I’m not typically one to lecture about the “lessons” of individual games or series, but the 2013 postseason should have taught major league managers one important thing: Don’t lose with your best guys on the sidelines. We can debate “roles” all we want and argue that Joe Nathan shouldn’t be serving as the team’s “closer,” but that’s a second order conversation. I don’t really care about roles as much as I care about how often your get your pitchers into games.
In the National League Wild Card game last year, Dusty Baker didn’t use Aroldis Chapman. I’m not just saying he didn’t use him when I would have used him. He literally didn’t pitch. There wasn’t a save situation and Baker let him wait in the bullpen just in case it happened. It didn’t and the Reds lost with their most deadly reliever doing nothing.
In the division series, Fredi Gonzalez let a lesser reliever pitch in the 8th inning with the season on the line while Craig Kimbrel stood in the bullpen, ready to roll. Uribe homered and Kimbrel never got the chance to save the Braves season.
In the NLCS, Don Mattingly let Kenley Jansen wait in the pen until the 12th inning of a game because he was waiting for a save chance that never came.
In the World Series, while on the ropes in the deciding game, Mike Matheny let Trevor Rosenthal wait in the bullpen until things were out of reach.
All four teams lost, obviously, with their best guy doing nothing or coming in after it was too late for it to matter. Brad Ausmus looks like a manager who will follow this tradition. He can’t. He absolutely can’t. It will end the Tigers season and if it means we have to strap him to a chair and play the 2013 playoffs on a loop for the next week, then we should do it.
We all know the problem. Brad Ausmus has a really good reliever in his bullpen, Joakim Soria, whom he doesn’t want to use in big moments. Ausmus has settled on Chamberlain and Nathan as his high leverage, 8th and 9th inning relievers and he isn’t budging. If it’s a save situation in the 8th, Joba gets the ball. Save situation in the 9th? Nathan. It’s automatic as long as one of them isn’t overworked. I derisively call Ausmus “flowchart” for this reason. He has a predetermined path for the final innings from which he will not budge no matter how many harrowing rides he takes.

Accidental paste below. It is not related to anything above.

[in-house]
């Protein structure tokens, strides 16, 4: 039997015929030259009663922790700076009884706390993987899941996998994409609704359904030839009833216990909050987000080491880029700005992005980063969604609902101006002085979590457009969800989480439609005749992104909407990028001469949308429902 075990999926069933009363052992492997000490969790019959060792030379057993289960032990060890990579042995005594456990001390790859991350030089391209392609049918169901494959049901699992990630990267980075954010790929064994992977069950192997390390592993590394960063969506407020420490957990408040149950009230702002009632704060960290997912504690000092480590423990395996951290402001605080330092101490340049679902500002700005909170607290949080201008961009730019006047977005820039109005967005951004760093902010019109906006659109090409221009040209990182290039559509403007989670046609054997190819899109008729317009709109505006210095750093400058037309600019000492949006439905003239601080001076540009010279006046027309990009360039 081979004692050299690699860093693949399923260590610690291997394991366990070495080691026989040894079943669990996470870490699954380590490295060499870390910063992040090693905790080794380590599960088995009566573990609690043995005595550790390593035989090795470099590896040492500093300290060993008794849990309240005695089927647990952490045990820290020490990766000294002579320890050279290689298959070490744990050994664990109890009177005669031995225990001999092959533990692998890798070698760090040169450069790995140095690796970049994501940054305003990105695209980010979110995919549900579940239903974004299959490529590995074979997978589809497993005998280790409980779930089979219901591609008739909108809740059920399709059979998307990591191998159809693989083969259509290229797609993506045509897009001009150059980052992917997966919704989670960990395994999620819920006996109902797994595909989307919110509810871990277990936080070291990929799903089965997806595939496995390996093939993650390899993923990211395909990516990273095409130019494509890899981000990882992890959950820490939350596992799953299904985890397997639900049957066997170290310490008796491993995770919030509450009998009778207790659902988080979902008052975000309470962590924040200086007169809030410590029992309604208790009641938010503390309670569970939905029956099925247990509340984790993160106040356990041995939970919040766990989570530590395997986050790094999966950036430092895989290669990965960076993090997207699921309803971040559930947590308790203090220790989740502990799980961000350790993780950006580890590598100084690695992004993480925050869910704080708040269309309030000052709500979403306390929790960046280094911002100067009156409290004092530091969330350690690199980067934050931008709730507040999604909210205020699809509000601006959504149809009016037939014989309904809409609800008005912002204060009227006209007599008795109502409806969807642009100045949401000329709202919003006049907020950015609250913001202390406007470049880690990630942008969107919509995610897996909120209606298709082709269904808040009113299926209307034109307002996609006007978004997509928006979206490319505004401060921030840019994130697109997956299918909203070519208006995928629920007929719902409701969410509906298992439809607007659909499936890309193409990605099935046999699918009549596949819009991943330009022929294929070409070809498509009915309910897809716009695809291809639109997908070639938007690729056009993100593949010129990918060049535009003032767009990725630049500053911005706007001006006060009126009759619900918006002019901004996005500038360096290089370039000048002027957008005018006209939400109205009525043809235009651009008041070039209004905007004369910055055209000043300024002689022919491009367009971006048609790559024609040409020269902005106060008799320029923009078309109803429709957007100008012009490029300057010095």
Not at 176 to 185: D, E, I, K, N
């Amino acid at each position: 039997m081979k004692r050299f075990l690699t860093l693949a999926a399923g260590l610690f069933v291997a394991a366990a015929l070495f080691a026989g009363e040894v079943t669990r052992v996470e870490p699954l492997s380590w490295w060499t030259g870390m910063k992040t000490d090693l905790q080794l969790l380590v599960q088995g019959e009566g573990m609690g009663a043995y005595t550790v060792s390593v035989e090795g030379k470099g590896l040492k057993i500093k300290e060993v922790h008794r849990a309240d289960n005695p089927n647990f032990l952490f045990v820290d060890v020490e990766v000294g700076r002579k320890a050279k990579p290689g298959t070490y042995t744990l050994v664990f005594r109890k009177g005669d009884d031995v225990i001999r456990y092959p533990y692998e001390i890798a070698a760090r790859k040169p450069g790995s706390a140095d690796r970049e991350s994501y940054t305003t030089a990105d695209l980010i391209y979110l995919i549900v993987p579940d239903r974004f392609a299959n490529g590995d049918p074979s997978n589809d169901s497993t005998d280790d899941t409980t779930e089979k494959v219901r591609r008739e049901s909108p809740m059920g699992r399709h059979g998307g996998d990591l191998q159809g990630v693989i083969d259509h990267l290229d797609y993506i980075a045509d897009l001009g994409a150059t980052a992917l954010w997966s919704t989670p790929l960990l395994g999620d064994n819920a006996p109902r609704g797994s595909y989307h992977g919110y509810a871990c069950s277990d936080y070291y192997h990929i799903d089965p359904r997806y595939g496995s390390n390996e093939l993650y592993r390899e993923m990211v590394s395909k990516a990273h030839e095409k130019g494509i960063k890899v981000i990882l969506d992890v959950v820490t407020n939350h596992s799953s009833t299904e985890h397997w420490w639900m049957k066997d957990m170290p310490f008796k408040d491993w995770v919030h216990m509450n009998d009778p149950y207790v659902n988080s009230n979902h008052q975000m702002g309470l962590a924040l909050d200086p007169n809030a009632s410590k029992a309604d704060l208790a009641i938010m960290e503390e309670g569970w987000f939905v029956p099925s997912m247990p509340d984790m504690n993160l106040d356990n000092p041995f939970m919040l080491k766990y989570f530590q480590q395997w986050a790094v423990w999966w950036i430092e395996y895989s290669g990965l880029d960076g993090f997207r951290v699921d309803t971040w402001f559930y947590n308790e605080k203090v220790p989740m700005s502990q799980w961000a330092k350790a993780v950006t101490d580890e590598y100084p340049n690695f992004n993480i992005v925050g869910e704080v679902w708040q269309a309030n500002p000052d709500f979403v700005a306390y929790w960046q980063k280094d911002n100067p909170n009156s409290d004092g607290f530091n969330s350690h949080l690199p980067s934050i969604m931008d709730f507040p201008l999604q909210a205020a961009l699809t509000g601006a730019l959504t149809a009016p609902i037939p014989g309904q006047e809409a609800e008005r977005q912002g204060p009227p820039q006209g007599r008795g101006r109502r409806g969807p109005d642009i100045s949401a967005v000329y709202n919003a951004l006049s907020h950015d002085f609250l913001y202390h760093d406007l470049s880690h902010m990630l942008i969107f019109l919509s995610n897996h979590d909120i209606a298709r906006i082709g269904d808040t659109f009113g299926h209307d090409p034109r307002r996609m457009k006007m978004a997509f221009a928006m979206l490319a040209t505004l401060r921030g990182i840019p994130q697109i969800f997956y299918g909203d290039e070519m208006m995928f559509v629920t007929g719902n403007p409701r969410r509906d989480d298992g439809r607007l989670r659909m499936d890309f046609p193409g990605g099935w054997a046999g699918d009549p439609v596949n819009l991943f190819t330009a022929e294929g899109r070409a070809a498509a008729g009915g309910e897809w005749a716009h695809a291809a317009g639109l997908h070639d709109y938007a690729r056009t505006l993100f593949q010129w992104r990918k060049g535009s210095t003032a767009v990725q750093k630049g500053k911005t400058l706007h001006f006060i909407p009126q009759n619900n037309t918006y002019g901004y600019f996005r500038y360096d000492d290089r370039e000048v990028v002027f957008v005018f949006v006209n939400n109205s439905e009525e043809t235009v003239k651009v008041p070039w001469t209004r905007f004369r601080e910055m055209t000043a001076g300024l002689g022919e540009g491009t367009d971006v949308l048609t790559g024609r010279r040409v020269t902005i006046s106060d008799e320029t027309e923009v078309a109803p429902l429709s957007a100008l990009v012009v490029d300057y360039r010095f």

This would be easier to forgive if Chamberlain and Nathan were rock solid. If you believe that knowing “your inning” matters, then perhaps you could make a case for this behavior. I don’t, but I’ll leave that point uncontested. If you believe in roles, you still have to assign them properly. I don’t mind that Ausmus wants to tell his pitchers which inning they are likely to pitch during, I mind that he seems unwilling to adjust his strategy when the stakes get higher.
Joakim Soria is his best reliever. The Tigers paid a king’s ransom to get him and he’s pitching in the 7th inning of games and often while behind. Neither of those things bother me inherently. I’m fine using relievers at the moment you feel they are needed, but I’m not fine with what happened on Saturday. What happened on Saturday was a joke and it cannot happen again.
During the highest leverage moments of the highest leverage game of the 2014 season, Brad Ausmus left Soria in the pen. Scherzer got through 7 with Soria warming up. Then Joba got the 8th inning and allowed a run with Soria warming. Then Soria sat down and Nathan got up. Nathan got in trouble, so Soria got back up again before Nathan escaped. By the end, Soria was squatting on the bullpen mound just waiting for the call. He was so loose, he didn’t even bother throwing anymore. He was ready. His manager wasn’t.